Best way to describe Easter cave, is get all of the UK’s finest formations and line them up, that is just the entrance series to Easter cave… Seriously it’s that well decorated!

Yet, not to be totally overshadowed were Strong’s and Crystal Cave. Whilst not as profusely decorated as Easter, they also contained some magnificent formations.


Duncan wearing the Judge’s Wig, Strong’s Cave.
Looking up underneath the Judge’s Wig, Strongs Cave.

Christmas Star extensions of Crystal cave

This pre conference excursion was run by the Western Australian Speleological Group and we thank them – especially Tim,Greg and Luana – for their time and organizing an amazing excursion.

Crazy cavers at the WASG hut. Rob, Duncan, Claire, Tom, Luana and Greg

Conference week (23 – 29 July)

It was much cooler in Penrith near Sydney and our accommodation was a caravan park 30 minutes walk away from conference venue. It was sunny and t-shirt weather in the day, yet, thick coat time at night. A dedicated marquee held the poster displays, club stands and the speleo olympics. Presentations were held in the main Panthers building.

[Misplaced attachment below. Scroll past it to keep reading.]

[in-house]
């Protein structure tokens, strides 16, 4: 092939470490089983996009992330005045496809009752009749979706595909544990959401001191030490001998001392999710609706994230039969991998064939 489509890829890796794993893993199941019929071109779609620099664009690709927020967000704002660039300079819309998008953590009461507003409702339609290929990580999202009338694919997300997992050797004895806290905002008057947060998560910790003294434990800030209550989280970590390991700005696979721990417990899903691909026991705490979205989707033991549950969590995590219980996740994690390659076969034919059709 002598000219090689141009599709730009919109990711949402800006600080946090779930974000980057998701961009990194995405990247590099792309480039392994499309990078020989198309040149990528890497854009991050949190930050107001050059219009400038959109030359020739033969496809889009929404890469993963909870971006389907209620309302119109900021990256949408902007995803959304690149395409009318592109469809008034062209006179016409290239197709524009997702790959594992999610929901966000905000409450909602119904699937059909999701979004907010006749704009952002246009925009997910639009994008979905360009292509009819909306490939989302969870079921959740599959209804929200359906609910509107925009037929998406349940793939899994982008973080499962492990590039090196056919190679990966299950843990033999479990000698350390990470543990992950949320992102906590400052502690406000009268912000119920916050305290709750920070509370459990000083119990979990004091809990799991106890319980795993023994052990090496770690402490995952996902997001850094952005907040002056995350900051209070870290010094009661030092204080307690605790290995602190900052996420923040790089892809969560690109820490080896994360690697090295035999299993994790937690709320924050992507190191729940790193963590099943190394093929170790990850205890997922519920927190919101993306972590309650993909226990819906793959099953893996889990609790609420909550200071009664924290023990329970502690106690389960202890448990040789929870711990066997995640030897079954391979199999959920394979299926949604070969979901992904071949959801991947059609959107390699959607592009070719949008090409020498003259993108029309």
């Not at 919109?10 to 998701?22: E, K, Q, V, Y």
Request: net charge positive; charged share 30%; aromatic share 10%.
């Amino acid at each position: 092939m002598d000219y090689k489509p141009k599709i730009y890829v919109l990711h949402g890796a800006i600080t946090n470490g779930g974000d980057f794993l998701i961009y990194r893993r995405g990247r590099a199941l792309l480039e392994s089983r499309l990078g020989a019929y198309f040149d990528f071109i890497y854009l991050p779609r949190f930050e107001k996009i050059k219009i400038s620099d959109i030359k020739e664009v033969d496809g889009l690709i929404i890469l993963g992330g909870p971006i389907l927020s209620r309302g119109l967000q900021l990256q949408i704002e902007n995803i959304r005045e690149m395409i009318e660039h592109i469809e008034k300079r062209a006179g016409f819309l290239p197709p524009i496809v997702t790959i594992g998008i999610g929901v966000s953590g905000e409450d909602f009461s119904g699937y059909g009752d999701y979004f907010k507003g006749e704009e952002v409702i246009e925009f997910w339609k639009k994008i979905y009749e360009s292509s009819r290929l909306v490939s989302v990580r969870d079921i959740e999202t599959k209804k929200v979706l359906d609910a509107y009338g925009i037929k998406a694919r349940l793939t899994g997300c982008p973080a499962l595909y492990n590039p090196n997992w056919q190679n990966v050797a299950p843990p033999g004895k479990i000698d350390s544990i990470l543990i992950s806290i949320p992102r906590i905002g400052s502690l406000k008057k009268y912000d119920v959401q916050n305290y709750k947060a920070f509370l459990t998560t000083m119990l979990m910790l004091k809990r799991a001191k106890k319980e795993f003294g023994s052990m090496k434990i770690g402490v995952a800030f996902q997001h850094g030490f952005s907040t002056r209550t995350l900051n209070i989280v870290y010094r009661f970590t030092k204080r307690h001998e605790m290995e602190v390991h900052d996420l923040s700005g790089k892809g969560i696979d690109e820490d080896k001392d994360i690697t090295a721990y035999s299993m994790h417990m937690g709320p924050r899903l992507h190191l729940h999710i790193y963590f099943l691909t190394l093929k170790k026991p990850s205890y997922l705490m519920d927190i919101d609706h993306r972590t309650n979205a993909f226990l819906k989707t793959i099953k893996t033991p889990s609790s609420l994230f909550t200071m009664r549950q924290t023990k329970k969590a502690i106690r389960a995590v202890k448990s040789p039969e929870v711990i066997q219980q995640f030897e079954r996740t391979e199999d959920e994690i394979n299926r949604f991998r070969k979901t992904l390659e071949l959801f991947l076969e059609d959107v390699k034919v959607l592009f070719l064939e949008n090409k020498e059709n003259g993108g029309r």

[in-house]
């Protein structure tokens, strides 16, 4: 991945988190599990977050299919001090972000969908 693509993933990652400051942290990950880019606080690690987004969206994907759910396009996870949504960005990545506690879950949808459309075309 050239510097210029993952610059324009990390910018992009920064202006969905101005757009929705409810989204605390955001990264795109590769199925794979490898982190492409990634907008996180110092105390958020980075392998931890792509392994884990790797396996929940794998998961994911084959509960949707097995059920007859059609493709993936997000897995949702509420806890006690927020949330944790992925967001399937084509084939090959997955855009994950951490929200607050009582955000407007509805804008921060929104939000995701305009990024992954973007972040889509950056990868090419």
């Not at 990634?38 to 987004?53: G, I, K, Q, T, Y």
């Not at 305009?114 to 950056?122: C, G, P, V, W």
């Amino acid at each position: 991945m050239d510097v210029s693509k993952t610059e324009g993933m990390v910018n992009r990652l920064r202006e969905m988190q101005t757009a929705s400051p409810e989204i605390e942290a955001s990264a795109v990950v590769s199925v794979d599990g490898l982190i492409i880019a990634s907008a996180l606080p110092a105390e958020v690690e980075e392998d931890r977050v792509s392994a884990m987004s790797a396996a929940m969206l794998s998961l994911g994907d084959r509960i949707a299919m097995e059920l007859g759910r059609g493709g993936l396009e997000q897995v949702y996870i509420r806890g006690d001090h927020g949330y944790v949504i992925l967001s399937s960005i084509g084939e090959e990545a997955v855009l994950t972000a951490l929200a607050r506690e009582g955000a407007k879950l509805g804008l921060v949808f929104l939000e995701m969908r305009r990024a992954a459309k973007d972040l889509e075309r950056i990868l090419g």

Pete and Angie Glanvill attempt the speleo olympics.

It was not all work and no play, we attended a mid-week dry canyoning trip in the Blue Mountains.


Claire at the top of the second pitch,dry canyoning in the Blue Mountains.

Our canyoning team (there were actually two other groups following different routes)

The conference week past in a flash ending with the traditional banquet. This started with a traditional Aboriginal welcome followed by food and much drinking. A slightly sad event as we were saying our goodbyes to new friends.


Jenolan Caves post-conference excursion

But it was not over! On the Sunday we met up at the Panthers event site, crammed ourselves into the back of a “trooper” and headed to Jenolan in the Blue Mountains for a week of caving!

Caves House, Jenolan. We stayed in a hostel behind the main building.

This excursion was larger with about 20 people attending with 10 different nationalities! The organizers had arranged a week of sporting caving and access into the show caves.

Decontamination was taken very seriously, with peoples kit sprayed to kill off any fungus that could potentially cause white nose syndrome.


Rigorous decontamination was carried out before anyone’s equipment went underground.